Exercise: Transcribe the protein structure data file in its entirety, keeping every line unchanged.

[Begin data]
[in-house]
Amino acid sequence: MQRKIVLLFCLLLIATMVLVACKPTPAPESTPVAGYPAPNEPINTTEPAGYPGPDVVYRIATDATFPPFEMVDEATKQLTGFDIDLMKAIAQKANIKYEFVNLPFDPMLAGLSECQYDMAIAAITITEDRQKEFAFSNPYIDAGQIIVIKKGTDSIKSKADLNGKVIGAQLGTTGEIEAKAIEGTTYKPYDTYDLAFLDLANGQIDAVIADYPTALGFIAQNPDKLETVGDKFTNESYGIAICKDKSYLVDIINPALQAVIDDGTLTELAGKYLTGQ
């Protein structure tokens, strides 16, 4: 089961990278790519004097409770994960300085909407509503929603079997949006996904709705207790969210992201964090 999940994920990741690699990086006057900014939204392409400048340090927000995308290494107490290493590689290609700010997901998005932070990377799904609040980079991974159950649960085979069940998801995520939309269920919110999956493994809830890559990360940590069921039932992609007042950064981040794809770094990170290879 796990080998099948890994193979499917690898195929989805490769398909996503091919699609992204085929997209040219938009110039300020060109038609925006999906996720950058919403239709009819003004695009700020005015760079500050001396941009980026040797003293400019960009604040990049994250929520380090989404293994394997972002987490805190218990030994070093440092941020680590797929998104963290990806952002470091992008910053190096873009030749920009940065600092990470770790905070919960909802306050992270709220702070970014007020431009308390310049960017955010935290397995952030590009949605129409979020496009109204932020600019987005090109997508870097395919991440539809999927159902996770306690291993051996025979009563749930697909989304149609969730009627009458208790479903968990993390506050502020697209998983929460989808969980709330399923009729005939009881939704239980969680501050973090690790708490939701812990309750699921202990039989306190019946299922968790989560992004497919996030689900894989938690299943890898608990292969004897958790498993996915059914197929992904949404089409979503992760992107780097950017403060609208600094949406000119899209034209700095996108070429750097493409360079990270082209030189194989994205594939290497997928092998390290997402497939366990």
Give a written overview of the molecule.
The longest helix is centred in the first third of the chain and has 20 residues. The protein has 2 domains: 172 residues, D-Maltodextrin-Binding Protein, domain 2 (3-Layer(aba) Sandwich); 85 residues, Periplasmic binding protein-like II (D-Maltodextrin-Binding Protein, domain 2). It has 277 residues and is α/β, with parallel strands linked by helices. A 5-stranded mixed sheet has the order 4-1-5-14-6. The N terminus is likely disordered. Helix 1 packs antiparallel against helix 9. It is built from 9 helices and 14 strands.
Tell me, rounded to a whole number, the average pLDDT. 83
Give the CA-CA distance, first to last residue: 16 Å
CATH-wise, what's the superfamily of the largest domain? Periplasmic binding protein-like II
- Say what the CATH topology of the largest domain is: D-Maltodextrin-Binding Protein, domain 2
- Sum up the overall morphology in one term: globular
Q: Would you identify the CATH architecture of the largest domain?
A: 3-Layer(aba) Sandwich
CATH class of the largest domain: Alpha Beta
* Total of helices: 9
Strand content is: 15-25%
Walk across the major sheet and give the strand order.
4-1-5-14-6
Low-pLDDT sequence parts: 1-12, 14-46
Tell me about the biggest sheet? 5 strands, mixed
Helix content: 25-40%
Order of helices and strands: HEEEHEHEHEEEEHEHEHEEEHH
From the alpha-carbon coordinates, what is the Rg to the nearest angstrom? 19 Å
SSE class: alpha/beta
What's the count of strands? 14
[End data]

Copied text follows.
[in-house]
Amino acid sequence: MQRKIVLLFCLLLIATMVLVACKPTPAPESTPVAGYPAPNEPINTTEPAGYPGPDVVYRIATDATFPPFEMVDEATKQLTGFDIDLMKAIAQKANIKYEFVNLPFDPMLAGLSECQYDMAIAAITITEDRQKEFAFSNPYIDAGQIIVIKKGTDSIKSKADLNGKVIGAQLGTTGEIEAKAIEGTTYKPYDTYDLAFLDLANGQIDAVIADYPTALGFIAQNPDKLETVGDKFTNESYGIAICKDKSYLVDIINPALQAVIDDGTLTELAGKYLTGQ
């Protein structure tokens, strides 16, 4: 089961990278790519004097409770994960300085909407509503929603079997949006996904709705207790969210992201964090 999940994920990741690699990086006057900014939204392409400048340090927000995308290494107490290493590689290609700010997901998005932070990377799904609040980079991974159950649960085979069940998801995520939309269920919110999956493994809830890559990360940590069921039932992609007042950064981040794809770094990170290879 796990080998099948890994193979499917690898195929989805490769398909996503091919699609992204085929997209040219938009110039300020060109038609925006999906996720950058919403239709009819003004695009700020005015760079500050001396941009980026040797003293400019960009604040990049994250929520380090989404293994394997972002987490805190218990030994070093440092941020680590797929998104963290990806952002470091992008910053190096873009030749920009940065600092990470770790905070919960909802306050992270709220702070970014007020431009308390310049960017955010935290397995952030590009949605129409979020496009109204932020600019987005090109997508870097395919991440539809999927159902996770306690291993051996025979009563749930697909989304149609969730009627009458208790479903968990993390506050502020697209998983929460989808969980709330399923009729005939009881939704239980969680501050973090690790708490939701812990309750699921202990039989306190019946299922968790989560992004497919996030689900894989938690299943890898608990292969004897958790498993996915059914197929992904949404089409979503992760992107780097950017403060609208600094949406000119899209034209700095996108070429750097493409360079990270082209030189194989994205594939290497997928092998390290997402497939366990």
Give a written overview of the molecule.
The longest helix is centred in the first third of the chain and has 20 residues. The protein has 2 domains: 172 residues, D-Maltodextrin-Binding Protein, domain 2 (3-Layer(aba) Sandwich); 85 residues, Periplasmic binding protein-like II (D-Maltodextrin-Binding Protein, domain 2). It has 277 residues and is α/β, with parallel strands linked by helices. A 5-stranded mixed sheet has the order 4-1-5-14-6. The N terminus is likely disordered. Helix 1 packs antiparallel against helix 9. It is built from 9 helices and 14 strands.
Tell me, rounded to a whole number, the average pLDDT. 83
Give the CA-CA distance, first to last residue: 16 Å
CATH-wise, what's the superfamily of the largest domain? Periplasmic binding protein-like II
- Say what the CATH topology of the largest domain is: D-Maltodextrin-Binding Protein, domain 2
- Sum up the overall morphology in one term: globular
Q: Would you identify the CATH architecture of the largest domain?
A: 3-Layer(aba) Sandwich
CATH class of the largest domain: Alpha Beta
* Total of helices: 9
Strand content is: 15-25%
Walk across the major sheet and give the strand order.
4-1-5-14-6
Low-pLDDT sequence parts: 1-12, 14-46
Tell me about the biggest sheet? 5 strands, mixed
Helix content: 25-40%
Order of helices and strands: HEEEHEHEHEEEEHEHEHEEEHH
From the alpha-carbon coordinates, what is the Rg to the nearest angstrom? 19 Å
SSE class: alpha/beta
What's the count of strands? 14